Maybe, just maybe, there’s hope for this guy…

If you followed the news last spring you probably heard that Mark Hacking of Salt Lake City lied to his wife and family, and then (allegedly) shot and killed his wife and dumped her body.

I have no sympathy for men who harm women — especially the women who love and trust them. And I believe that a just God will judge them more harshly than I ever could.

I also believe in a merciful God, however. I believe in repentance. I believe that Christ can change your heart. And I believe that the first step in the process of obtaining mercy from a God who is both just and merciful, the first paving stone on the high road of repentance if you will, is confession.

Well, Mark Hacking confessed. He plead guilty in court, and told the court just what he did.

I’m not going to suggest for a moment that EARTHLY judges need to show any special mercy upon him. There are other stones on that high road, and they have burdensome words on them like “restitution” and “repayment.” When you take a human life there is NOTHING you can do to fully restore what you have taken. He hasn’t been sentenced yet, and I’ll be disappointed if his crime gets him less than 15 years behind bars.

But I’m pleased that he confessed.

I’m pleased because Mark Hacking is still a person, still has an eternal soul, and is still worth saving. I believe his confession means that he may find forgiveness in the next life. He decided not to lie anymore, nor to pay others to lie on his behalf, in an effort to further cover the horrible sins he committed. He still has a lifetime of pain, shame, and guilt ahead of him, but perhaps in the eternal world he can find the mercy I believe he is seeking.

–Howard

32 thoughts on “Maybe, just maybe, there’s hope for this guy…”

  1. Almost makes me wonder what you’d think of someone who said “When I go, the first deity who wants me is the one I’ll work for, be it ‘evil’ or not…” — putting faith that a just God would forgive no matter what if their heart was good.

    Lizard Rat out.
    Random in Albany NY

    1. I think you misunderstand me. I’m not suggesting that a change of heart is easy, or trivial. If it were, then the trials of this life would be pointless.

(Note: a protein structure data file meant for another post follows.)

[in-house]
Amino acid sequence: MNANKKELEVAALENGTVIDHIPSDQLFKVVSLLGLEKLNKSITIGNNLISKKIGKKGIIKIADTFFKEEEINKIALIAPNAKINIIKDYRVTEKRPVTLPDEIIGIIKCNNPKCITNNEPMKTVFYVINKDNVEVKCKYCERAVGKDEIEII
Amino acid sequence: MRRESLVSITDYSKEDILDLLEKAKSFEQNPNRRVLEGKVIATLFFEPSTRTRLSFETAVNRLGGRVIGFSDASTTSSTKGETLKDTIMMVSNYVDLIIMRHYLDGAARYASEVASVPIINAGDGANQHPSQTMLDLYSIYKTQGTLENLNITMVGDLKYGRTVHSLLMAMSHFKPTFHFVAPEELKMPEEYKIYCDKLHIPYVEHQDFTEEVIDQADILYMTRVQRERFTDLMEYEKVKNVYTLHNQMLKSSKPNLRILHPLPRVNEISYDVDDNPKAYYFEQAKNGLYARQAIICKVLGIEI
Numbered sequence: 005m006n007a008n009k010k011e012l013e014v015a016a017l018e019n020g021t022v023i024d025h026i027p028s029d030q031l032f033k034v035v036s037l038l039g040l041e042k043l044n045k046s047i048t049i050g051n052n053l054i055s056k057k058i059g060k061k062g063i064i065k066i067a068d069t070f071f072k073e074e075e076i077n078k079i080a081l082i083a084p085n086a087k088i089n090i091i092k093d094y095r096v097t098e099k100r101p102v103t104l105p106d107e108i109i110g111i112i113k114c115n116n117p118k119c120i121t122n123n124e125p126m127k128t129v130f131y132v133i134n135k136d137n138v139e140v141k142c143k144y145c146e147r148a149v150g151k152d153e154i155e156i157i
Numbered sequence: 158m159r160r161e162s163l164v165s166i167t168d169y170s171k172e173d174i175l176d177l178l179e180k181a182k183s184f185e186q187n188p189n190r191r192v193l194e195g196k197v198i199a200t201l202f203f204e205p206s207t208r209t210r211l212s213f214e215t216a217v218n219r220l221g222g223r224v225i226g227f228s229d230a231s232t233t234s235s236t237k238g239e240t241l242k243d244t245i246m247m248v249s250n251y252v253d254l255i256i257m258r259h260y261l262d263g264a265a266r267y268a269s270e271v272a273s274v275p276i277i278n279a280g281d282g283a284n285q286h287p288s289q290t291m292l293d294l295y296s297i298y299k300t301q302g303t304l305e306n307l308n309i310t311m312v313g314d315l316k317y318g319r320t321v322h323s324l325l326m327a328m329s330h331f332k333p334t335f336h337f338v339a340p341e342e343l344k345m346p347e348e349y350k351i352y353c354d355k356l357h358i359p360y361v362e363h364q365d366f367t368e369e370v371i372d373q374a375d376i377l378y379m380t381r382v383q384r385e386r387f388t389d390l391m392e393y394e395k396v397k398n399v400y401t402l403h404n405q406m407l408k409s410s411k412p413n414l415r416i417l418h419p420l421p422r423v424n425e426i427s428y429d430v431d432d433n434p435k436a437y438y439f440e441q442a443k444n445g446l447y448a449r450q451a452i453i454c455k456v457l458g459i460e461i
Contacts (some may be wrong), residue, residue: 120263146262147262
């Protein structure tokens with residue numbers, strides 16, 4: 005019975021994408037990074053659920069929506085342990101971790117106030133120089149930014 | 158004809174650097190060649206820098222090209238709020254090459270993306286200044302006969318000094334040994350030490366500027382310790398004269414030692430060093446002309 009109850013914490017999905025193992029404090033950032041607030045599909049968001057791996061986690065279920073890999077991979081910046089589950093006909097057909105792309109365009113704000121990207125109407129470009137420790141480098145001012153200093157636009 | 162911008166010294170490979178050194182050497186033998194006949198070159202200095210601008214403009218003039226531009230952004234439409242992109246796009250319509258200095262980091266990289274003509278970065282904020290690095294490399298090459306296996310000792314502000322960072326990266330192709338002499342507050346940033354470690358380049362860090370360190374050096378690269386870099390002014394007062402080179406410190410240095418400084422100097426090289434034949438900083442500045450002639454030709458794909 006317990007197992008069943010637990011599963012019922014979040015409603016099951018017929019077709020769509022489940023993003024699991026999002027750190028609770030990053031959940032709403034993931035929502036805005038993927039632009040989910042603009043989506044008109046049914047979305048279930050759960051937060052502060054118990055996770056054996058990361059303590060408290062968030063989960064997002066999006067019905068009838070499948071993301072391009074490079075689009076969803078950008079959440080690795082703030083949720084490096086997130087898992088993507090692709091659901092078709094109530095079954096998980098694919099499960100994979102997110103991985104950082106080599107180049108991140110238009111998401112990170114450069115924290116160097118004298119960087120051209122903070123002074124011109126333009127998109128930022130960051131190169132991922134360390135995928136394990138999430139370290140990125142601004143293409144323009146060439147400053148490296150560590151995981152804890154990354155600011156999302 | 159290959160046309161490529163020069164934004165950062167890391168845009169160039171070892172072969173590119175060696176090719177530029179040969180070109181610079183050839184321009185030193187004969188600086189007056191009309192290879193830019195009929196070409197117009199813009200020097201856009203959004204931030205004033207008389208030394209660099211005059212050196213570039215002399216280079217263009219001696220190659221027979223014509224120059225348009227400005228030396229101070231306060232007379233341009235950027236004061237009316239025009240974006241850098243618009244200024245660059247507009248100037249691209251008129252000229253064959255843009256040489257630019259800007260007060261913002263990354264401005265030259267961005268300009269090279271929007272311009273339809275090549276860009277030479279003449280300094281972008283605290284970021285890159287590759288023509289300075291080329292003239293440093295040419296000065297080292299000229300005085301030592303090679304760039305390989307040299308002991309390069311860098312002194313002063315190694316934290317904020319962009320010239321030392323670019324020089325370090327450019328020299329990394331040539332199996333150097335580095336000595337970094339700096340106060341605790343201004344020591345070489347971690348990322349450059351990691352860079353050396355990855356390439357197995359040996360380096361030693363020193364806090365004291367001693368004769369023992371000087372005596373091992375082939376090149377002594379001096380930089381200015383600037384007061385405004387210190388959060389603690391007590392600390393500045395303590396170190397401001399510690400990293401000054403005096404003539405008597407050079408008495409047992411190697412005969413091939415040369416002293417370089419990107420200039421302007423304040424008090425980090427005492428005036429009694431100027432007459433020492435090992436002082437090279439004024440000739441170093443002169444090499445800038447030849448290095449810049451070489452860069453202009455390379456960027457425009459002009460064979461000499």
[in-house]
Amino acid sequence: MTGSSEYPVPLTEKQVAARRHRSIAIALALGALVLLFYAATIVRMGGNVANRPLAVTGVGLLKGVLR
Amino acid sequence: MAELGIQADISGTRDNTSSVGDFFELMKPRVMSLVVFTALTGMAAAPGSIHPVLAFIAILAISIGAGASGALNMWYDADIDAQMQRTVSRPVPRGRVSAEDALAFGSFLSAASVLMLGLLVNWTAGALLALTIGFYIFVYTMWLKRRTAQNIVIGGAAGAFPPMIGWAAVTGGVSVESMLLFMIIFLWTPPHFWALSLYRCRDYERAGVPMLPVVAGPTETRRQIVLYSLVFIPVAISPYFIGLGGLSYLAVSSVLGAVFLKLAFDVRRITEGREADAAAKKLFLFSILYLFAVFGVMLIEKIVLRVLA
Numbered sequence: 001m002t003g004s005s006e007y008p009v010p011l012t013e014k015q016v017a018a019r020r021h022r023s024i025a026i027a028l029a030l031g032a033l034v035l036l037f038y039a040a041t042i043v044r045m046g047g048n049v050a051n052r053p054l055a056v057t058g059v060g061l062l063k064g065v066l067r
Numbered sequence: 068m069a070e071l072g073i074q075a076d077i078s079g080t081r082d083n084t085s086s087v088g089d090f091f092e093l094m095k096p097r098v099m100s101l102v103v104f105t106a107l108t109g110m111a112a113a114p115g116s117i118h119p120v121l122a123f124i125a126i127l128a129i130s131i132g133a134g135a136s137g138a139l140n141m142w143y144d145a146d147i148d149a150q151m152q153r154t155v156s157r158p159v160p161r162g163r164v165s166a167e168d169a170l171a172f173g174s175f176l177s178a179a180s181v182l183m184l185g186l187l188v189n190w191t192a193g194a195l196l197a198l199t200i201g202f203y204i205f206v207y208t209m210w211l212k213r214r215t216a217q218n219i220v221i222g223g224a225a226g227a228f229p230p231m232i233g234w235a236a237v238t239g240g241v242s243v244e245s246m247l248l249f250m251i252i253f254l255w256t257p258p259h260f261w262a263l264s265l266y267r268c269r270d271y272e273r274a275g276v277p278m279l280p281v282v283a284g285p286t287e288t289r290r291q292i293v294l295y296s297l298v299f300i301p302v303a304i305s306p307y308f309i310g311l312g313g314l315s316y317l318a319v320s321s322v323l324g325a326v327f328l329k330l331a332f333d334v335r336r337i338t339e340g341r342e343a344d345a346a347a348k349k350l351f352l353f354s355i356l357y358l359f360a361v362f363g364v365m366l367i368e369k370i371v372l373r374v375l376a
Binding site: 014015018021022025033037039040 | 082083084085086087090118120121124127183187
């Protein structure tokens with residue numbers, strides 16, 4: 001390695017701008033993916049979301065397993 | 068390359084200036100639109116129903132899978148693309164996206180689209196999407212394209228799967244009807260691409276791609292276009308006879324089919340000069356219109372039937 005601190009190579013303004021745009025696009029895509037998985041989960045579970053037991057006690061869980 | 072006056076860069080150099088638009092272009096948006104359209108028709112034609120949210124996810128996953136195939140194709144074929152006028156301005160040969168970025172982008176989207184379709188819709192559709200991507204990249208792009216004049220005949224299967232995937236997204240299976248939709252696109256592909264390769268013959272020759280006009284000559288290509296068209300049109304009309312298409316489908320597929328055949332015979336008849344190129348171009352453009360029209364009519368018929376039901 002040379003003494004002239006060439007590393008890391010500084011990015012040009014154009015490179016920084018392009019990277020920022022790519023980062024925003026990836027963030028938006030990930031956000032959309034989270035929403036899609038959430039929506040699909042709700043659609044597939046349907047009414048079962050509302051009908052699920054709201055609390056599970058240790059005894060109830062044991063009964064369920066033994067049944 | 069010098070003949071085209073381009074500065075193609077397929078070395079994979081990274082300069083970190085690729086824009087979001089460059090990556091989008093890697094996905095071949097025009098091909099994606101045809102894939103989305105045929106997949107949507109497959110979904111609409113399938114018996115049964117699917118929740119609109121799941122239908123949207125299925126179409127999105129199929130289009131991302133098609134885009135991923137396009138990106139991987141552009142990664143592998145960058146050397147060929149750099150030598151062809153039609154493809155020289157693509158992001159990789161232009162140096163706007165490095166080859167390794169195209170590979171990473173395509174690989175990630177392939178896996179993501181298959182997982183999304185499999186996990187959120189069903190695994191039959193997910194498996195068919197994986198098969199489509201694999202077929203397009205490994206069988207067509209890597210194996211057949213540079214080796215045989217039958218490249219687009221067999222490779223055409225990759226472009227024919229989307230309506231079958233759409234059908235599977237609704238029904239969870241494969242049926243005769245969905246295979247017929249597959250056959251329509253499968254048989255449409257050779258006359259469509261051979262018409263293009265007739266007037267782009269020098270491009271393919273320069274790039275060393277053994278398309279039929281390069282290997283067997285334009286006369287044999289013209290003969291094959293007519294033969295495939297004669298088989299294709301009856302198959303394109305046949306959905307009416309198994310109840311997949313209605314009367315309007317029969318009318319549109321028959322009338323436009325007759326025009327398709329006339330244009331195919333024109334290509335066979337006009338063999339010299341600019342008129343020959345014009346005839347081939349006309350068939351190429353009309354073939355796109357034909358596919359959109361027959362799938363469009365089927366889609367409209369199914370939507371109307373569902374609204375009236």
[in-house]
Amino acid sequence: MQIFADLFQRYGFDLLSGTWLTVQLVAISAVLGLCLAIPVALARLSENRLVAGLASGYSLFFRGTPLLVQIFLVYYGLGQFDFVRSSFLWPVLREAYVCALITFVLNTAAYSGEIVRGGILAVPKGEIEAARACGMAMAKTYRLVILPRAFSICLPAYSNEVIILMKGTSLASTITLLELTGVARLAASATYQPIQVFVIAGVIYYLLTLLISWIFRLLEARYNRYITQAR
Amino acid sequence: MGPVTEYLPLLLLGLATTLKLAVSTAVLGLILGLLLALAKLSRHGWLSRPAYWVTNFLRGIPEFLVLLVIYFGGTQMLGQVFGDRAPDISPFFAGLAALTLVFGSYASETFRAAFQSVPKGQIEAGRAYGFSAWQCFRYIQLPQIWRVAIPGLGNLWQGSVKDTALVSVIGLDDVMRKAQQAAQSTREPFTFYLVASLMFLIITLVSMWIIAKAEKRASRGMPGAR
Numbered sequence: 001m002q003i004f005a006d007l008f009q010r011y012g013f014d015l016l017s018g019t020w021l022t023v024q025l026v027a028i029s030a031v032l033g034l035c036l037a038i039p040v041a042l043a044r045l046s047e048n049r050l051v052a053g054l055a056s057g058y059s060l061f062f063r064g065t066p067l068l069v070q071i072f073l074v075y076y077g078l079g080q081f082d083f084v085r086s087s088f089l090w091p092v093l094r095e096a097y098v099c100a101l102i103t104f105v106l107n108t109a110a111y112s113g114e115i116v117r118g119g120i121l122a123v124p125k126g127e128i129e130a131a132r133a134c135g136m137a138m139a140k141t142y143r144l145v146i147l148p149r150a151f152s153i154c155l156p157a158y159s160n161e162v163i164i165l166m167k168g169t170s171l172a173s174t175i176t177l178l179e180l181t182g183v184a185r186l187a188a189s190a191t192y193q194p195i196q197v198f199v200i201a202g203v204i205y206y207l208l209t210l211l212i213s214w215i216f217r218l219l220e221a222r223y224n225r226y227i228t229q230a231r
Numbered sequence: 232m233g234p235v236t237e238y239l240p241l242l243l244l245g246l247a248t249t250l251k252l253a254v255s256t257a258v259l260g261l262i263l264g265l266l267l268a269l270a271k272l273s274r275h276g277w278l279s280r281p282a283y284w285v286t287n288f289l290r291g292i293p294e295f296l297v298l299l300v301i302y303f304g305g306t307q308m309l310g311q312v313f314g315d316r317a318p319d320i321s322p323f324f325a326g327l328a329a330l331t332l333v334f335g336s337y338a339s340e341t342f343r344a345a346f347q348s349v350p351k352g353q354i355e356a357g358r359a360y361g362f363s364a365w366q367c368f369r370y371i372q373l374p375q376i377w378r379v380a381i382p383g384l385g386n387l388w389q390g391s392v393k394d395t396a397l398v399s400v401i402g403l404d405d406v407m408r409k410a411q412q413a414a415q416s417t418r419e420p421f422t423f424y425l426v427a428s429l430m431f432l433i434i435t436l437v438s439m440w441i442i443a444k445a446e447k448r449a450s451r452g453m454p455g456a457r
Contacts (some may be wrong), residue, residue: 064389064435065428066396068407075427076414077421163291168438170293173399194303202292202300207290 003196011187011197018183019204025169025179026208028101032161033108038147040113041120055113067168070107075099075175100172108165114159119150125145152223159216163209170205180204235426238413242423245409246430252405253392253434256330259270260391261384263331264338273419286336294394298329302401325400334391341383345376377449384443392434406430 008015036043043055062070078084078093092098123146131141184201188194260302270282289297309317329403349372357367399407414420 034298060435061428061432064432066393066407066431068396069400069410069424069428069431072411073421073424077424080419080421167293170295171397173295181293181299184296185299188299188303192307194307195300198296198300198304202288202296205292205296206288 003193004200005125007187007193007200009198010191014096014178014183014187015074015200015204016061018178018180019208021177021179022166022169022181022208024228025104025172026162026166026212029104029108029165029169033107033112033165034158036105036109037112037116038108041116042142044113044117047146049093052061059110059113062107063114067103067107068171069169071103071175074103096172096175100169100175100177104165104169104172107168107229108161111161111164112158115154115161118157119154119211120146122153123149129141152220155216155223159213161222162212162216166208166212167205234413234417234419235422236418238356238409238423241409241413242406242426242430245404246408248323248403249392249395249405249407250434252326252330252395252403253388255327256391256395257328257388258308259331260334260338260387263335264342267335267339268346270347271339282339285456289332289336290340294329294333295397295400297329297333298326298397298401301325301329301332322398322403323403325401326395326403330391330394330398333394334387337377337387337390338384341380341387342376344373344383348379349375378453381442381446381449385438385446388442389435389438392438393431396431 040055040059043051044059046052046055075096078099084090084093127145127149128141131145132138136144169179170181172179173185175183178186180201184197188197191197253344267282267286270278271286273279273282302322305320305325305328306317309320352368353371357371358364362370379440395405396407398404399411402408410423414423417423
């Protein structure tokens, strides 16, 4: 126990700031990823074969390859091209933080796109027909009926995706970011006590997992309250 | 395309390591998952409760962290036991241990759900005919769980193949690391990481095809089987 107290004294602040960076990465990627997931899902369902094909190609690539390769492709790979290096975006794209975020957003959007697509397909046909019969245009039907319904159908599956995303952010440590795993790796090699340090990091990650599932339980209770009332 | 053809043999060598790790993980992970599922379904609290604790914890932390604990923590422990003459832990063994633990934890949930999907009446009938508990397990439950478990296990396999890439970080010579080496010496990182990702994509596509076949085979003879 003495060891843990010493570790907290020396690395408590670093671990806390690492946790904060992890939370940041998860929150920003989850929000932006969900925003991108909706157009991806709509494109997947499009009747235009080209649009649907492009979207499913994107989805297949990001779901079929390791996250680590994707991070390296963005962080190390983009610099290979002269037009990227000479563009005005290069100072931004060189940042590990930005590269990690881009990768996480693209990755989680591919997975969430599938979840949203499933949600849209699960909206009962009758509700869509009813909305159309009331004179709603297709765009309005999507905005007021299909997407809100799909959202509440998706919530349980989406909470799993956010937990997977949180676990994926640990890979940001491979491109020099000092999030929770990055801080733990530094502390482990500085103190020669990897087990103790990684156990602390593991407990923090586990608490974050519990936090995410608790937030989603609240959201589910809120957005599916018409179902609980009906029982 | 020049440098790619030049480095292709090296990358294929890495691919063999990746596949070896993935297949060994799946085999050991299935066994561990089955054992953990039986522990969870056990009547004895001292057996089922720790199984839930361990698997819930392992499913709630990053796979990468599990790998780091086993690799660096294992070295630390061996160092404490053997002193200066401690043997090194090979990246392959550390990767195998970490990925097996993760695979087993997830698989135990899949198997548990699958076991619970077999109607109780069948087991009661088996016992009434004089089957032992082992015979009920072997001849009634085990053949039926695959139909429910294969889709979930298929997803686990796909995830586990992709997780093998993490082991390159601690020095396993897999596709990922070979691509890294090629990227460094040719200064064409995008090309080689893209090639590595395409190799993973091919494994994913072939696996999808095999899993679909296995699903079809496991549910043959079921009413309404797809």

What I’m saying is that if you do bad things, and your heart is in the wrong place (as it pretty much has to be if you knowingly do bad things), it’s possible, through faith and repentance (which are NOT trivial) to change your heart and become good.

      The story of the conversion of Paul in the Bible is one example. The story of Alma the Younger in the Book of Mormon is another. There are plenty of non-scriptural examples, too — people who “turn their lives around” after misspent youth, time in prison, etc.

      And God has to temper justice with mercy, balancing the two. If lives do NOT get turned around, and hearts go unchanged, then justice has full claim. If there is repentance… a genuine change of heart… well, God’s a lot smarter than I am. I’m pretty confident that he’s found a way for justice to still be served while allowing for mercy in those cases.

      –Howard

      1. *nod* I brought it up since that’s how I think.

        What would you say to someone who says “God created everything, even the Devil (well, He DID…), therefore, whatever you worship is technically linked to God…?”

        (no, I’m not implying I follow demons instead of angels, and yes, that’s how I think)

        Lizard Rat out.
        Non-Religious Nut in Albany NY

        1. We’d have a long discussion somewhere besides my Live Journal (and sometime when I’m a bit less busy than I am right now) in which I explain the logical fallacies inherent in that belief, and how there are monotheistic belief systems that overcome said fallacy. Neither of us would come away converted to the other’s system of beliefs, though.

          –Howard

          1. I can believe that. That’s what two other people said to me about it.

            Mind if I add you to my AIM list? I see your AIM name in your userinfo…

            Lizard Rat out.
            Smirking in Albany NY

    1. Yeah, but he’s off the hook for the death penalty. Granted, his time in prison may result in an early death, depending on how he’s treated by the other inmates. If it’s blood you want, just imagine his life behind bars, eh?

      –Hwoard

      1. I think execution is more humane than life behind bars, honestly. And this is one of the few cases where I think it’s fairly straightforward that he’s the guy that done it.

        I’m an old testament kind of guy, punishmentwise. I wish it applied to white collar criminals more thoroughly. I’d like them to be responsible for all the money they stole twice over. Steal 100 million? Pay 200 million back or go to prision until you do. No parole. Prision until you pay up.

        1. And I agree. I really, really hope the Judge doesn’t let Mark off easy with the minimum sentence.